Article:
Consumer proposals and the CRA

April 23rd, 2008 by Questions

Hi there,

My mom is considering filing a consumer proposal. She has approximately $90,000 in total debt – including $20,000 in personal income tax and $30,000 in corporate income tax. The balance comes from a personal loan and a relatively small amount of consumer debt.

She also has $250,000 equity in a home she doesn`t live in and can`t sell (it`s actually my grandmother`s house – but ownership was unwisely transfered to my mom and her sisters many years ago – as part of an estate planning strategy). The total value of the home is $750,000 – but my mom has only one-third ownership.

I`m in a position to reduce her total debt load by paying-off her personal income tax ($20,000).

My mom has a good pension – which pays her $62,000 per year. She still works part-time, earning another $20,000 per year. Here`s the problem: The CRA is garnishing her wages to the tune of $2,000 per month (based only on the $20,000 owing in personal income tax) – which makes it difficult to meet her monthly financial obligations.

Is a consumer proposal a reasonable option in this situation? If so, should I first pitch-in and reduce her debt to an amount below $75,000?

We`re also concerned about disclosing my mom`s partial ownership of my grandmother`s house – for obvious reasons.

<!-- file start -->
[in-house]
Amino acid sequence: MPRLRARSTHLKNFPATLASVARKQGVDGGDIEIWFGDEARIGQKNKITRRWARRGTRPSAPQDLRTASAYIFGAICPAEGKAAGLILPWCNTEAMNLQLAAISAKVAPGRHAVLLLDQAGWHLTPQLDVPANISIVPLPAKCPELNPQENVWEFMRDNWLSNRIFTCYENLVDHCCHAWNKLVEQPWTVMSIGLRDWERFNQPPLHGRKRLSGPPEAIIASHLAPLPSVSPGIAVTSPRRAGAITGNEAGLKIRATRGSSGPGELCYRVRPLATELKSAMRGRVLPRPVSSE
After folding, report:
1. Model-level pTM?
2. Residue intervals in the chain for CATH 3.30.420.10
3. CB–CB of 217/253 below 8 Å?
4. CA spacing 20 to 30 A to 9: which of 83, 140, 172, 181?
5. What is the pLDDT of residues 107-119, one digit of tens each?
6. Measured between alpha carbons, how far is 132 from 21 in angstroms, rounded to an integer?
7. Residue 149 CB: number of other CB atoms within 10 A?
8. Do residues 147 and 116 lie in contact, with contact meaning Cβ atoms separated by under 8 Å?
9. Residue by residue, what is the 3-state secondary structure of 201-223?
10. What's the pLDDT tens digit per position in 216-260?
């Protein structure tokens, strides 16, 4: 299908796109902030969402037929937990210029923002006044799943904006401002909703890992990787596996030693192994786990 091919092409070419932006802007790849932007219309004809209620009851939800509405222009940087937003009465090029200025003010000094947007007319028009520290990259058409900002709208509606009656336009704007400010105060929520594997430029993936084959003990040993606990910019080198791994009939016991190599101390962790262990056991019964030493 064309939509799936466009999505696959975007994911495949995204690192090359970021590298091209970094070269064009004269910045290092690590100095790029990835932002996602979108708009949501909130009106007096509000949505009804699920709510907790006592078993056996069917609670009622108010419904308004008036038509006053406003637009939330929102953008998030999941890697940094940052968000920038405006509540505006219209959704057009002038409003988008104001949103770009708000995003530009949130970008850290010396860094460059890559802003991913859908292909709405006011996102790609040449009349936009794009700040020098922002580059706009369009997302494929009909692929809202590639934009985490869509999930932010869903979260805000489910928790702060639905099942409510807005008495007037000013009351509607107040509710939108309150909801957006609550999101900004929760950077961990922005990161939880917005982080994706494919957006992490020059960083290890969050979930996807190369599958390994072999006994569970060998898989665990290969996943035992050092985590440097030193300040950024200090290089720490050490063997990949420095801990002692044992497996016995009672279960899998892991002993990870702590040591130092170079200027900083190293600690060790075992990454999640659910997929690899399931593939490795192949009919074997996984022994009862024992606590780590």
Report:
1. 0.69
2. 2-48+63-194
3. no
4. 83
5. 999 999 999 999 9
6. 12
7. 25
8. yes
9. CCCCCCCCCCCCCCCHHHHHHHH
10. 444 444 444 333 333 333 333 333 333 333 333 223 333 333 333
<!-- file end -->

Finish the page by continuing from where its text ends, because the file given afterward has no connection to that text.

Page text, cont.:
My mom stands to inherit a healthy sum of money in the coming years – so this will all be a moot point eventually. But in the short-term, the CRA`s collection actions make it difficult to meet her financial obligations.

So, I guess I have two questions:

1. Is a consumer proposal a reasonable solution?
2. Should I pay down her total debt to an amount below $75,000, before filing the proposal (I assume yes, if we hope to protect against bankruptcy and and danger to my grandmother`s house)?

Thanks so much for any advice you can provide.


One Response to “Consumer proposals and the CRA”

, Barton Goth GCO Bankruptcy Trustees said:

The first thing that jumps out at me is the equity in your mother’s house. If she were to file a proposal it would have to be to pay all the debts in full plus the administration costs. This is directly related to the equity in the house as regardless of which province you live in, if she files for bankruptcy here creditors would get paid in full as a result of all this equity.

Second, there is no value in you paying down the tax debt as there is a type of proposal that will work in your mothers situation, it is called a Division 1 proposal. It is essentially the same as a consumer proposal except that if it is not accepted or your mother doesn’t live up to the terms of the proposal then there is an automatic bankruptcy that occurs.

However, the one thing that concerns me is that when you do a proposal to pay the debts in full it can cost a fair amount in terms of administration fees. As such it may be cheaper for your mother to take out a second mortgage on her house, or look at a consolidation loan or something along those lines as it may end up being cheaper for her.

So I would encourage her to look into these options prior to sitting down with a local trustee .

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